Max Lobe and the language of joy
In 2010, when the Swiss people were called upon to vote on a federal popular initiative entitled “For the deportation of foreign criminals”, posters displayed by the majority party on which white sheep chased a black sheep out of Switzerland’s borders could be seen everywhere. In Max Lobe’s latest novel, “La Trinité bantoue”, the same posters adorn the walls of “Helvetia”. This small country at the heart of Europe strangely resembles the Switzerland we know and it is here that the narrator Mwána lives. Originally from an imaginary African country, Bantouland, he lives in poverty in Geneva with his friend Ruedi. They have difficulty making ends meet, as Mwána lost his job as soon as he finished studying. His applications never come to anything. Ruedi, unemployed, refuses to accept any help from his family in Graubünden. Fortunately, Monga Míngá, Mwána’s mother, sends them food from Bantouland – “cassava pancakes, cassava and more cassava”. But not for very long: Monga Míngá, diagnosed with throat cancer, comes to Helvetia for medical treatment, staying in Lugano where Mwána’s very Catholic sister, Kosambela, lives. “Misery is knocking hard at our door,” laments Mwána, who will not give in. With a joyful spirit and inventive use of language, he chooses to laugh about the xenophobic climate prevailing in Helvetia where skinheads disrupt 1 August celebrations on the Rütli meadow. But something more tragic lies beneath the salutary laughter – the hard-to-imagine misery that plagues this country, often invisibly and silently. Max Lobe looks at unemployment, charity organisations, social welfare and the sense of shame associated with it with a deep sense of humanity and sharp observation to reveal the antechamber to the idyllic and wealthy Switzerland.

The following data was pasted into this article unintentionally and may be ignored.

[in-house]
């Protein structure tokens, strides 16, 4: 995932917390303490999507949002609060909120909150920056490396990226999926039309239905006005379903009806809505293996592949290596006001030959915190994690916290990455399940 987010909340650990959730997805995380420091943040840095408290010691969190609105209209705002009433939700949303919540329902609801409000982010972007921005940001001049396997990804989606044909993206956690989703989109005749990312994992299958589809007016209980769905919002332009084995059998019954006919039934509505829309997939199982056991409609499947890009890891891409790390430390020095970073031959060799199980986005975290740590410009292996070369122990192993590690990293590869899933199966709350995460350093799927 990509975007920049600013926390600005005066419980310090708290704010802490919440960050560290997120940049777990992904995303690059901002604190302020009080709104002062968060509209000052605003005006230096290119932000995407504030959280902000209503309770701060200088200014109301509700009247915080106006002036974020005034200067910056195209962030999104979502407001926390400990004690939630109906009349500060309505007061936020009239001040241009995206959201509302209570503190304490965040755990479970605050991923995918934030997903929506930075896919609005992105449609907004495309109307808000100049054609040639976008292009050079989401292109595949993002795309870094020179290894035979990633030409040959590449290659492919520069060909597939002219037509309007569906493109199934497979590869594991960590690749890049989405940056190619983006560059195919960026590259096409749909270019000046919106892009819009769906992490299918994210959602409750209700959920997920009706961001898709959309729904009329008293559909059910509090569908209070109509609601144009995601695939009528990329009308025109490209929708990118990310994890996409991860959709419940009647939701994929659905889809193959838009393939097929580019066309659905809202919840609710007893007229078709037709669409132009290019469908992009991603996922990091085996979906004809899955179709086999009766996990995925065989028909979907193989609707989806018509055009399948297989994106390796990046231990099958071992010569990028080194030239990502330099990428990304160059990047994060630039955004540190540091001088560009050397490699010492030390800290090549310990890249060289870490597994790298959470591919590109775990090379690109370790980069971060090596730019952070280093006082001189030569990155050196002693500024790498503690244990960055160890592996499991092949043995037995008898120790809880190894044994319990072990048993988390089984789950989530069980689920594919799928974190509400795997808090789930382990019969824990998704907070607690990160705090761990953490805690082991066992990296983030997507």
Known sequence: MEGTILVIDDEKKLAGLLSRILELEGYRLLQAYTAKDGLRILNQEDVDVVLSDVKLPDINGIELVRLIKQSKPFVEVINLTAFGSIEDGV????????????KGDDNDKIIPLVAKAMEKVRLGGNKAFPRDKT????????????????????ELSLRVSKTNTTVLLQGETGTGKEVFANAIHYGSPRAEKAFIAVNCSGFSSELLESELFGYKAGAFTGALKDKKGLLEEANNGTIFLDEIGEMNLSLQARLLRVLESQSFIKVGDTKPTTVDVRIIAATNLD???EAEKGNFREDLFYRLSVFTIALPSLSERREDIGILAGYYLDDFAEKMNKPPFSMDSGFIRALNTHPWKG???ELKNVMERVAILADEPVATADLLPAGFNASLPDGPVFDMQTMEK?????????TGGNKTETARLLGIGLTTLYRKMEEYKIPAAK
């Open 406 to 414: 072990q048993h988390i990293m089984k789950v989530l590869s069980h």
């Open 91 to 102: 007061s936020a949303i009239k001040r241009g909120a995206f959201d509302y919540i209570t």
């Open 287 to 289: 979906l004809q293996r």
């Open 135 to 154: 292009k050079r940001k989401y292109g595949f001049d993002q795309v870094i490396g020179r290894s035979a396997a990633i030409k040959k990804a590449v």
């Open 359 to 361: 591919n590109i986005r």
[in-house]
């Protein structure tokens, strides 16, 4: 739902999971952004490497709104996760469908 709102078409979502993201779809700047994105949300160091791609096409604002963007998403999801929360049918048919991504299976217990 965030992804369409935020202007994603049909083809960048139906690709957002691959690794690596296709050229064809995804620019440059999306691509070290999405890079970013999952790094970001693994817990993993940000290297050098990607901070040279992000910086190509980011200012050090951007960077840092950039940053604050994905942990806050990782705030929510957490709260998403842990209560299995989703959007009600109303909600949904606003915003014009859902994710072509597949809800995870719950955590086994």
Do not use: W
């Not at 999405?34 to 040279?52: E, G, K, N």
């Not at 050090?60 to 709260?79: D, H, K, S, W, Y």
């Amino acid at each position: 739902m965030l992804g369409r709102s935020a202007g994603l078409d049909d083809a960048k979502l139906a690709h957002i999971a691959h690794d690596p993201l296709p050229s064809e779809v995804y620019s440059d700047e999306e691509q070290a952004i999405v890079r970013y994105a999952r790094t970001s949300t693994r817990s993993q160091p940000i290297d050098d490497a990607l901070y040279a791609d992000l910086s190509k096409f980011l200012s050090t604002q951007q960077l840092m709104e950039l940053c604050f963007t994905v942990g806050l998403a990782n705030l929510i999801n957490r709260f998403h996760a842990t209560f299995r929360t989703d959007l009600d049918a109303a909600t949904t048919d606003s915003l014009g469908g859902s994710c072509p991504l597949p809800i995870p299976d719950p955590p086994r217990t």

Max Lobe casts a sharp eye on the time in which he lives, using a language that reveals the constant search for identity. Dreamed up, warm and powerful, Max Lobe’s language draws upon many sources – German, Swiss German, Italian, various forms of French and African tongues. All of these languages sit side by side, clatter together and complement one another to provide an open outlook on the world, forging links between Bantouland and Helvetia. This language also represents a means of not giving in to the silence imposed on Monga Míngá by her illness.